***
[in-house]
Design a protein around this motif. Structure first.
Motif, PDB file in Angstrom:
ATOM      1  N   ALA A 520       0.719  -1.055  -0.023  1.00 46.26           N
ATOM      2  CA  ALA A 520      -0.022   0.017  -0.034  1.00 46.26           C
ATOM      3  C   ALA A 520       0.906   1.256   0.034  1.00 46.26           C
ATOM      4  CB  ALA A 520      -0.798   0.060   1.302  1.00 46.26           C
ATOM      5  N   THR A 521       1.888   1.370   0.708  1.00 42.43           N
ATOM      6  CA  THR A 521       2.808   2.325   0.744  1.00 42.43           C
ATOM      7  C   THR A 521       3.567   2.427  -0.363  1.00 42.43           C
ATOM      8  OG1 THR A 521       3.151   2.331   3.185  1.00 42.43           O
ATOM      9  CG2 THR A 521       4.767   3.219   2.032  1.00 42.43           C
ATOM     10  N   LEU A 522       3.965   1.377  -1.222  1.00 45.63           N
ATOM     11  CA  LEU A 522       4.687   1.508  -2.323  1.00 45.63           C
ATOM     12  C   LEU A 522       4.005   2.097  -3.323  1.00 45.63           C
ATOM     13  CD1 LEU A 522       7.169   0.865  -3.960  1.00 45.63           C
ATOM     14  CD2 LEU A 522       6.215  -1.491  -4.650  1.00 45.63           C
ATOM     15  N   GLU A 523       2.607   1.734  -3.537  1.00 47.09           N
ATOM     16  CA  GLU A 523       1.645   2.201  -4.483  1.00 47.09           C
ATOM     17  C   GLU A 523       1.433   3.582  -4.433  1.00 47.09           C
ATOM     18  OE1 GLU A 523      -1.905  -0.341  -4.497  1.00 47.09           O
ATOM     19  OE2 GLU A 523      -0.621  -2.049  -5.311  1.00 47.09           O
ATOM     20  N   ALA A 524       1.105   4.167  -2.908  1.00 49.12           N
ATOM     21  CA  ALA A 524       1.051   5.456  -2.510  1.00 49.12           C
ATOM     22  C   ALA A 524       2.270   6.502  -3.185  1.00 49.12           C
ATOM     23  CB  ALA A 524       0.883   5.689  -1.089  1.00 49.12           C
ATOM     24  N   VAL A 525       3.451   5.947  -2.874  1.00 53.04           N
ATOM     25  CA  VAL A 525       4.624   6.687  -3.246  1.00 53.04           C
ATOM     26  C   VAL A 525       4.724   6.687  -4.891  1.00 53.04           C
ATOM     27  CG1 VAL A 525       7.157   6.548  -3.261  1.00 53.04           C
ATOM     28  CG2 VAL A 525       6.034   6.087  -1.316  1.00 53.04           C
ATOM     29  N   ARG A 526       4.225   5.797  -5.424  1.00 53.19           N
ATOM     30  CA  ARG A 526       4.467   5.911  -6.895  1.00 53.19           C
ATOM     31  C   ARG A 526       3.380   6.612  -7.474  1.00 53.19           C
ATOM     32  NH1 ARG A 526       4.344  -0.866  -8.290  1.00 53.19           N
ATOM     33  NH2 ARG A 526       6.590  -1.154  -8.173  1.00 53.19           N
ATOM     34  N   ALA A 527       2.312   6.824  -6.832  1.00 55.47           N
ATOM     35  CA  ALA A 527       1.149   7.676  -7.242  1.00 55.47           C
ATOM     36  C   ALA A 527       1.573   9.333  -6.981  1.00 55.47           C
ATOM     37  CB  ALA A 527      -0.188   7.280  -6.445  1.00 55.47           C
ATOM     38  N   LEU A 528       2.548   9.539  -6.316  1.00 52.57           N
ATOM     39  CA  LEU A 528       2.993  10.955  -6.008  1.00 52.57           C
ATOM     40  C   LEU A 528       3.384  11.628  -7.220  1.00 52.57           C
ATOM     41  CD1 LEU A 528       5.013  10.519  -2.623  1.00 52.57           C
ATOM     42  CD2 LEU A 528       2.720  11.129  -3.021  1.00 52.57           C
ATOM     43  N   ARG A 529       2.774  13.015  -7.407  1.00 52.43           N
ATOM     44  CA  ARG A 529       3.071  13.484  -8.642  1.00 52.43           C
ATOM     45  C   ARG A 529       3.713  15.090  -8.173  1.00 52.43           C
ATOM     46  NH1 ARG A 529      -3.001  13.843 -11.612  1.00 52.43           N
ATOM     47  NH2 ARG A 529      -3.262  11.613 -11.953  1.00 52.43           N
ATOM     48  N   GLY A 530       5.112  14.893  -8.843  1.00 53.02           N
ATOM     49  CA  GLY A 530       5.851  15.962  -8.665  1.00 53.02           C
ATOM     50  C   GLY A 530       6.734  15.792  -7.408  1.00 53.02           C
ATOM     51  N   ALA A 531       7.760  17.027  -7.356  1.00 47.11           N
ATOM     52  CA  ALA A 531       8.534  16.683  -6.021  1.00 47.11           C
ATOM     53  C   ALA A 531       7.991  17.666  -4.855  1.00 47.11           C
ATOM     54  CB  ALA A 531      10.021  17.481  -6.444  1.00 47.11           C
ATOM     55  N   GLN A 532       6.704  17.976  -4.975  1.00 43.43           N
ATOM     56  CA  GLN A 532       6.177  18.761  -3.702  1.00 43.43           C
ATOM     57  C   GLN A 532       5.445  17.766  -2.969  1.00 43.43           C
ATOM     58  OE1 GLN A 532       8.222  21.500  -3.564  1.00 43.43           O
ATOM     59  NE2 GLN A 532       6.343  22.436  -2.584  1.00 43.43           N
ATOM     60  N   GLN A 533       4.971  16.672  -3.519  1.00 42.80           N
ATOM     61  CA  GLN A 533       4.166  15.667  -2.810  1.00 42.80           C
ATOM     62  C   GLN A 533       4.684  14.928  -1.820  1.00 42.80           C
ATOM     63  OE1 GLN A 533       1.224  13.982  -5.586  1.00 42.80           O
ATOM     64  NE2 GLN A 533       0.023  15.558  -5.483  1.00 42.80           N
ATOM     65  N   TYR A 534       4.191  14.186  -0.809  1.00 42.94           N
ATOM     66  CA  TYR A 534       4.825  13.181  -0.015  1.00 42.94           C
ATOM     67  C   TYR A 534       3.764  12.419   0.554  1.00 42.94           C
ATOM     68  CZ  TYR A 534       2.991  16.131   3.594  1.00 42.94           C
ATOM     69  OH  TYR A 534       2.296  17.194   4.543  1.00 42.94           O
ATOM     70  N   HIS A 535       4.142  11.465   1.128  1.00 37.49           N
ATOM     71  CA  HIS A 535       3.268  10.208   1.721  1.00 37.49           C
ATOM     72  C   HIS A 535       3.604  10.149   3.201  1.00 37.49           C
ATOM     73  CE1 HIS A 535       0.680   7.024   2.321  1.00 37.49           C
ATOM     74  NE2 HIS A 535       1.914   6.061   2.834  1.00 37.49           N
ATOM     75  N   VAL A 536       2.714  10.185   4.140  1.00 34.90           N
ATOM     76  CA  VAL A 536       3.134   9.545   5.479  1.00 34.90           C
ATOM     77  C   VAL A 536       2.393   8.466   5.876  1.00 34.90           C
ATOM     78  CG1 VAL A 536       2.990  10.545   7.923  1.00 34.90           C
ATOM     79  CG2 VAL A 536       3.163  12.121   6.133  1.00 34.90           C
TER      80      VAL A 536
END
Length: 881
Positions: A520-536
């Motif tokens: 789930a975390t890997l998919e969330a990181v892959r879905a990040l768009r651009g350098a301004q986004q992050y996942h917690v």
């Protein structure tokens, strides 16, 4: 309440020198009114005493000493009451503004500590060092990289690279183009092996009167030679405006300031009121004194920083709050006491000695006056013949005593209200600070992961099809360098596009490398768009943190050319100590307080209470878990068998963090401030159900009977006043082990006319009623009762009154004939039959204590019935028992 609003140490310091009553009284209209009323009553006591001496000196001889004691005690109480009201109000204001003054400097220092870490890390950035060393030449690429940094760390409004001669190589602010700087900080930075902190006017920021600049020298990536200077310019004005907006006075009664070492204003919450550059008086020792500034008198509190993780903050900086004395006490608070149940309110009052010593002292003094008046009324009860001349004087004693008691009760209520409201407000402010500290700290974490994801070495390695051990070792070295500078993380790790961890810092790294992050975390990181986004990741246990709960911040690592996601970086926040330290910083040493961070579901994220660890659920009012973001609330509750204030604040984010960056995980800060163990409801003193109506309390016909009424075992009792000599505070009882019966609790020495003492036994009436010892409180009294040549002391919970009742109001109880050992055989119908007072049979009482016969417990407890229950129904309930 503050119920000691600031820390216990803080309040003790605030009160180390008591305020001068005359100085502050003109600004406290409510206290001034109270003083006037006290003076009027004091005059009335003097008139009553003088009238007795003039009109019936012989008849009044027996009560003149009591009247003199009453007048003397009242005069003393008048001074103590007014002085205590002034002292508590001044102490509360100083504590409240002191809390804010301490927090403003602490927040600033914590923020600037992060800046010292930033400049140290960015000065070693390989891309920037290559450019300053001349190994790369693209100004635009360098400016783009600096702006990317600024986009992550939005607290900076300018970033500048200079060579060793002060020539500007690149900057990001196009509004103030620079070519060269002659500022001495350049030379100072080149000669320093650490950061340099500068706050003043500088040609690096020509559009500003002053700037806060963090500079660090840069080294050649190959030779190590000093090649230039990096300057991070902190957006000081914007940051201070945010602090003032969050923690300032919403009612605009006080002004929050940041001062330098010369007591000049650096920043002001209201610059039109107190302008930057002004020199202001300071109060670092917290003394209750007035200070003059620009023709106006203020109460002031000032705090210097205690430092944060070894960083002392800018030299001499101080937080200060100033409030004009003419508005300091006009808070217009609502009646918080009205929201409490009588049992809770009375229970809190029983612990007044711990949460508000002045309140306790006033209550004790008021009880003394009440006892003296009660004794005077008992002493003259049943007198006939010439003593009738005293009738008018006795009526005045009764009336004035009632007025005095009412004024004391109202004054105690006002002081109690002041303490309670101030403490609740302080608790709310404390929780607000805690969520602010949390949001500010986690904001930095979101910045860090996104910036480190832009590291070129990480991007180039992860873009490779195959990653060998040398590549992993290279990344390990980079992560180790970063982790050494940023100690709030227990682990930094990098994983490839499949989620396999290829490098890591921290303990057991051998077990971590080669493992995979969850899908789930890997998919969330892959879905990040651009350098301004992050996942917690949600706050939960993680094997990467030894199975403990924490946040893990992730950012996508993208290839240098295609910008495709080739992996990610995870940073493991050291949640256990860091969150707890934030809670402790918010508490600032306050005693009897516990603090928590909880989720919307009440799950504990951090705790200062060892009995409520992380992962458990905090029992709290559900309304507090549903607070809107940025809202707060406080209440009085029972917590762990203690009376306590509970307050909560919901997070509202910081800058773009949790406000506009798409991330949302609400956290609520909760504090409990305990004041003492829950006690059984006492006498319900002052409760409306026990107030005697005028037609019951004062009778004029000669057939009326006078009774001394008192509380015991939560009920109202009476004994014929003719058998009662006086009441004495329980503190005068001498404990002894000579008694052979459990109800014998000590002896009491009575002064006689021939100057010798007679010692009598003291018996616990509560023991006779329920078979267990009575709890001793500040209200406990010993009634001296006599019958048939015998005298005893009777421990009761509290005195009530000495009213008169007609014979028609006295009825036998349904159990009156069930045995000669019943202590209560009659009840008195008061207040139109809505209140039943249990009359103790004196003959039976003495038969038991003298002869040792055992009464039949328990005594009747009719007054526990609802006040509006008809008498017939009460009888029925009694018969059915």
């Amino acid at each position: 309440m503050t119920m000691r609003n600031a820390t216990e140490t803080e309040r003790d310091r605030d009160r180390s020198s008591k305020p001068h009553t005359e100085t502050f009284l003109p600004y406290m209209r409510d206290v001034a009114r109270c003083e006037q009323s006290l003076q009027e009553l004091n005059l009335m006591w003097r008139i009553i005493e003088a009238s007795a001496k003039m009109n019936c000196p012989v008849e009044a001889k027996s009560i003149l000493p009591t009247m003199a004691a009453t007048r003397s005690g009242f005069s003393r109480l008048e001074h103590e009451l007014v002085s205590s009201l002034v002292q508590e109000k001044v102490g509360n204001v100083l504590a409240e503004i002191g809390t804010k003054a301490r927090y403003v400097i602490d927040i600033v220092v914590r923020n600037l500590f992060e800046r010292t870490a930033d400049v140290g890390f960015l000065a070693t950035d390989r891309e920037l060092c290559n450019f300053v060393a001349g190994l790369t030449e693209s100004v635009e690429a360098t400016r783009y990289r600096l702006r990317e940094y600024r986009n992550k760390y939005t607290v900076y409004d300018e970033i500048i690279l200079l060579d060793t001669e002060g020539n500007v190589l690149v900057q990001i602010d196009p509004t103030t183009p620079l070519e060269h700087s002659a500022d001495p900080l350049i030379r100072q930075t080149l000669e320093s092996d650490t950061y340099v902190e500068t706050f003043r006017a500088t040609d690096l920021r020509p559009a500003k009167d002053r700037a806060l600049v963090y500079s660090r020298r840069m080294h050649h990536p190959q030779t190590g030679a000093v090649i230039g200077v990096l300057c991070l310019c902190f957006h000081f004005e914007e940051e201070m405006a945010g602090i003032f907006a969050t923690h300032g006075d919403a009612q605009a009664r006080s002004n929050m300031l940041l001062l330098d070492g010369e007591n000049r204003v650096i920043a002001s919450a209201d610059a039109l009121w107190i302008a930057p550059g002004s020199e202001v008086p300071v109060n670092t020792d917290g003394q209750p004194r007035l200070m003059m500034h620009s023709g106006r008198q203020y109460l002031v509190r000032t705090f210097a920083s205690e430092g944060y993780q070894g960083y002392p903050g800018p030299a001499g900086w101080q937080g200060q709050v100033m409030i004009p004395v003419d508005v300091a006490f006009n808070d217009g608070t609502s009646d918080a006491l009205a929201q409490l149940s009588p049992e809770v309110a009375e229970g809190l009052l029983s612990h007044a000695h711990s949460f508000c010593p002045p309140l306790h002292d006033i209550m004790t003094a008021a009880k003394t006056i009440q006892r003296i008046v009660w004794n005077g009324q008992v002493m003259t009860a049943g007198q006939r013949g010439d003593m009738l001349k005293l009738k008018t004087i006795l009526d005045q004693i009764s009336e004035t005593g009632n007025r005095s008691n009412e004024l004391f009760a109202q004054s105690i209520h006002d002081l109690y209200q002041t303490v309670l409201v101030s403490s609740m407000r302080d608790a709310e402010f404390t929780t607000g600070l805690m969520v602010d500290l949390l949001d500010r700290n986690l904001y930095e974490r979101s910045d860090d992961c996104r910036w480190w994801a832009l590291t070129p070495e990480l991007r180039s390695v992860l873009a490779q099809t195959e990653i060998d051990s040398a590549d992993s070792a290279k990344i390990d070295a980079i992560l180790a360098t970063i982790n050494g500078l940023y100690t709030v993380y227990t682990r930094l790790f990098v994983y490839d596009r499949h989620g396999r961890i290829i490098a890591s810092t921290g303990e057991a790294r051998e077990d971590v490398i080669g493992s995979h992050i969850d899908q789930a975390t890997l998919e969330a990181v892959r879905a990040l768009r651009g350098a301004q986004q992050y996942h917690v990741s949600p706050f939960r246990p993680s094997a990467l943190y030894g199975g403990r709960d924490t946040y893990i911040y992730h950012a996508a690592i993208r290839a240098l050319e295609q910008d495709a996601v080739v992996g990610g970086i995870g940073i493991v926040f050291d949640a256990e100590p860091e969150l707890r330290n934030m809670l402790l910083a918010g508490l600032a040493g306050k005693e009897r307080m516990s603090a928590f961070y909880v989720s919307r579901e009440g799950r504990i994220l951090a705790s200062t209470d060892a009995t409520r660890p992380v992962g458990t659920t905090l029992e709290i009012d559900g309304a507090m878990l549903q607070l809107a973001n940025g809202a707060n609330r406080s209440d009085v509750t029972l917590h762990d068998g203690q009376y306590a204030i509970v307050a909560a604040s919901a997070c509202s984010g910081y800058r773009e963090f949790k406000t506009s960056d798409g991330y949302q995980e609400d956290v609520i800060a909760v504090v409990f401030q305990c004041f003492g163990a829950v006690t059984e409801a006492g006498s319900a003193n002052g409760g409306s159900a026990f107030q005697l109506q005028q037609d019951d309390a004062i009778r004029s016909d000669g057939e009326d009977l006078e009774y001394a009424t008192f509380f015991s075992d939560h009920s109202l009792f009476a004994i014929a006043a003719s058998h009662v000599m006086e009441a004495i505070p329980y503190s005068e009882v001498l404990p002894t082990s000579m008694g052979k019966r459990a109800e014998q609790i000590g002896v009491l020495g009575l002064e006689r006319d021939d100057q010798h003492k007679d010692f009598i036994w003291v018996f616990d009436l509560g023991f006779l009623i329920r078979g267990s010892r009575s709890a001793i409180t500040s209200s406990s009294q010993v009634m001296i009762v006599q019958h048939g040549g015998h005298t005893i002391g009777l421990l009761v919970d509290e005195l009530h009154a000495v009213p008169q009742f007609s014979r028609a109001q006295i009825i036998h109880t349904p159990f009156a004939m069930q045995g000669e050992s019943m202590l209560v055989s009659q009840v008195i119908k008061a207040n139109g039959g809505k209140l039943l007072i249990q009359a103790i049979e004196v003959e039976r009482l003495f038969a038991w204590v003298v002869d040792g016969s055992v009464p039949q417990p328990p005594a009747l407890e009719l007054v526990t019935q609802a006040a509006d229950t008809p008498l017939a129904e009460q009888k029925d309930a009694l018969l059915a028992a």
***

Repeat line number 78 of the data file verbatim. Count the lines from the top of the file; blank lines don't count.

ATOM     75  N   VAL A 536       2.714  10.185   4.140  1.00 34.90           N